Review: Daughters of the Witching Hill

Daughters of the Witching HillDaughters of the Witching Hill
by Mary Sharratt

My rating: 5 of 5 stars

Daughters of the Witching Hill / 978-0-547-06967-8

As a personal hobby, I've read dozens of fictionalized accounts of real life witch hunts, so when I delved into "Daughters of the Witching Hill", I was sure I knew what I was getting into. I was surprised to learn, however, that very little of this novel covers the trial and execution of the persecuted victims, and the bulk of the novel instead focuses on weaving the truly enchanting tale of the lives and histories of the women who live, work, and beg in Pendle Forest.

Author Sharratt has woven an intensely beautiful tale, as she follows the generations of Bess Southerns, her daughter Liza, and her granddaughter Alizon as they struggle to earn a living and a place among the simple people of their town. The characterization of the women is rich, and deeply three-dimensional - a good third of the novel is devoted to characterizing Bess as the strong and powerful matron of the impoverished family, who earns her living blessing children and livestock in exchange for food and clothing. Indeed, though I had expected young Alizon to be the "main" character, I found myself identifying most strongly with Bess, as she is developed through the enchanting tale of her history as a young uncertain girl to a lovely headstrong wife to an aged and confident healer.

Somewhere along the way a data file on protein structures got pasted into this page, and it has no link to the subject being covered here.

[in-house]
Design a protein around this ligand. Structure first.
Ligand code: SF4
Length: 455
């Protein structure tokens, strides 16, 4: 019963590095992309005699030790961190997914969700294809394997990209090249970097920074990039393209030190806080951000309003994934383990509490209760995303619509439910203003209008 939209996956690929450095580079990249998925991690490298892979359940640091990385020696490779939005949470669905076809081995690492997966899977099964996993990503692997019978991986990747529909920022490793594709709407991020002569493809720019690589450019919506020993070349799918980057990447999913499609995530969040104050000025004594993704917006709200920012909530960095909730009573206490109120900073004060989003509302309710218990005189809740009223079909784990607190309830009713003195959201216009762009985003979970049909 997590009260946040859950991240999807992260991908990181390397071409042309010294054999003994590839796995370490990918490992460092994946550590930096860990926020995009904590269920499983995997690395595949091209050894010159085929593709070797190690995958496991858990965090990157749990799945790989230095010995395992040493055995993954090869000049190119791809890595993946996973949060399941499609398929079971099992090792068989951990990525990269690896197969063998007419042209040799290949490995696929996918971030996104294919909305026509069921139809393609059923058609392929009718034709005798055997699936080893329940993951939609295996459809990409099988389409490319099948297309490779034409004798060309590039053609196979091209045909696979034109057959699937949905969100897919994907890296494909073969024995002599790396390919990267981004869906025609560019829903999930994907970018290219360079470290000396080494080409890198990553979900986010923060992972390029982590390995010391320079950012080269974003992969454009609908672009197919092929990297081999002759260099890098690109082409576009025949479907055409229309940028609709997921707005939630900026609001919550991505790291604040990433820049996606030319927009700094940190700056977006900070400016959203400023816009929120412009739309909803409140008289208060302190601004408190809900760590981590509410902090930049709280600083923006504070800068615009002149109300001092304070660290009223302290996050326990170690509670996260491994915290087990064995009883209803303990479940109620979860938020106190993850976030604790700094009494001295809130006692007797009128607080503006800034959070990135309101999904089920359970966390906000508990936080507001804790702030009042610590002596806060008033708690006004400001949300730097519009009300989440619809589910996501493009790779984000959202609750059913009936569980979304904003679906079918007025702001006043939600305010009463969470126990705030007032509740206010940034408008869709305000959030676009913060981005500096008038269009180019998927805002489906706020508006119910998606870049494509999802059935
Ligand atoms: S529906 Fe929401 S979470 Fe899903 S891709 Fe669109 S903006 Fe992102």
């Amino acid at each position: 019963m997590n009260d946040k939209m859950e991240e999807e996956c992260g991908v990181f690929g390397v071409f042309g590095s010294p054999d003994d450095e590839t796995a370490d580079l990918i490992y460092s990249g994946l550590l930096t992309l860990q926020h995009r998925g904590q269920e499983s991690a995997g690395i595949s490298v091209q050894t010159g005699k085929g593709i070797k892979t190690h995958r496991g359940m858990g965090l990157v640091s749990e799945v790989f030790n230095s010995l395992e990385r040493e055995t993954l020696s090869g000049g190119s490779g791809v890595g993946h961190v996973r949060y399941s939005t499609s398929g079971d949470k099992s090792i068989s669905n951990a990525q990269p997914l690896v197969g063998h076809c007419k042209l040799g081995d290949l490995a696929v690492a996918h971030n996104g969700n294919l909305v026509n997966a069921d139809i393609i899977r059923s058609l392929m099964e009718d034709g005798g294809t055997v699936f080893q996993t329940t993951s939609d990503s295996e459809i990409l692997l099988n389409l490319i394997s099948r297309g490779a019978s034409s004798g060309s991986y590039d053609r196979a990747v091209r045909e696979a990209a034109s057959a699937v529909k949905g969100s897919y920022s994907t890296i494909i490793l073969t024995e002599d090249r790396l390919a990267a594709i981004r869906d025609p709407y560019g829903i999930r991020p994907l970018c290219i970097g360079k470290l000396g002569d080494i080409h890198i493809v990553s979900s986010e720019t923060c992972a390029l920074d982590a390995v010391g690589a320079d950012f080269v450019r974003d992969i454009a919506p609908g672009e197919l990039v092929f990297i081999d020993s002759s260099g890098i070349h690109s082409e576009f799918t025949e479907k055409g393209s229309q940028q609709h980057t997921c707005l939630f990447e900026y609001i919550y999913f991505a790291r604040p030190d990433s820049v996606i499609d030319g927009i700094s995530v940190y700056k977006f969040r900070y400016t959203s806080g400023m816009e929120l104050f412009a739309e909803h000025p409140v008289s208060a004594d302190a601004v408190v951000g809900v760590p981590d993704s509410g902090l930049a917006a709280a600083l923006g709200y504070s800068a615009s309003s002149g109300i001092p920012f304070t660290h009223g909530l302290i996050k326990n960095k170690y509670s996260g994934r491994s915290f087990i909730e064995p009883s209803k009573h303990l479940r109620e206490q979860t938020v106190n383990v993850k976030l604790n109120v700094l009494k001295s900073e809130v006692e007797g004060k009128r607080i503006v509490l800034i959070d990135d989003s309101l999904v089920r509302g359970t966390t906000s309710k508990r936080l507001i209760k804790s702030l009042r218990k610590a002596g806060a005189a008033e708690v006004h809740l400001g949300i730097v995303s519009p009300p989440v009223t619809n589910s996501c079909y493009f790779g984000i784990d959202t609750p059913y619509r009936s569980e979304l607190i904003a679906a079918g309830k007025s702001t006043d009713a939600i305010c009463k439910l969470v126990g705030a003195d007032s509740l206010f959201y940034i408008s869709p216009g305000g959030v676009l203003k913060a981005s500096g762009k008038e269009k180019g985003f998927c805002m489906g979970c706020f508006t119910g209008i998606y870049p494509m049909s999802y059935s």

I'm impressed with the subtlety with which Sharratt has handled her subject matter - the subject of magic is always a tricky one in novelizations of witch hunts. From the historical record, it would seem that the real Elizabeth Southers did indeed believe herself to be a healer, and so Sharratt has maintained this, but while her healings and visions are relayed to the reader as real to her, the reader is allowed to have their own doubts as to the reality behind the magical workings. Moreover, I appreciate the sensitivity with which all the characters are treated - the protagonists hail from several different religious backgrounds, and the antagonists are clearly portrayed as acting from a desire for power and notoriety, rather than being religious extremists of the "wrong" sort religion.

So often, witch hunt novelizations must be about the literary journey, and not the already-known destination. "Daughters of the Witching Hill" deserves serious mention, therefore, for providing a beautiful, enchanting journey through the lives of three real women, and for giving the reader a glimpse into the magical beauty and harsh realities of their lives. I would highly recommend "Daughters of the Witching Hill" for adults and young adults alike. Parents should be aware that there are some frightening situations (storms, talk of murder, a death of a parent) and some frank discussions of sexuality (adultery, abortion), but there is little in the way of overt violence or sexual situations in this novel, and I believe this novel would be appropriate for young teenagers and up.

NOTE: This review is based on a free Advance Review Copy of this book provided through Amazon Vine.

~ Ana Mardoll

View all my reviews


Post a Comment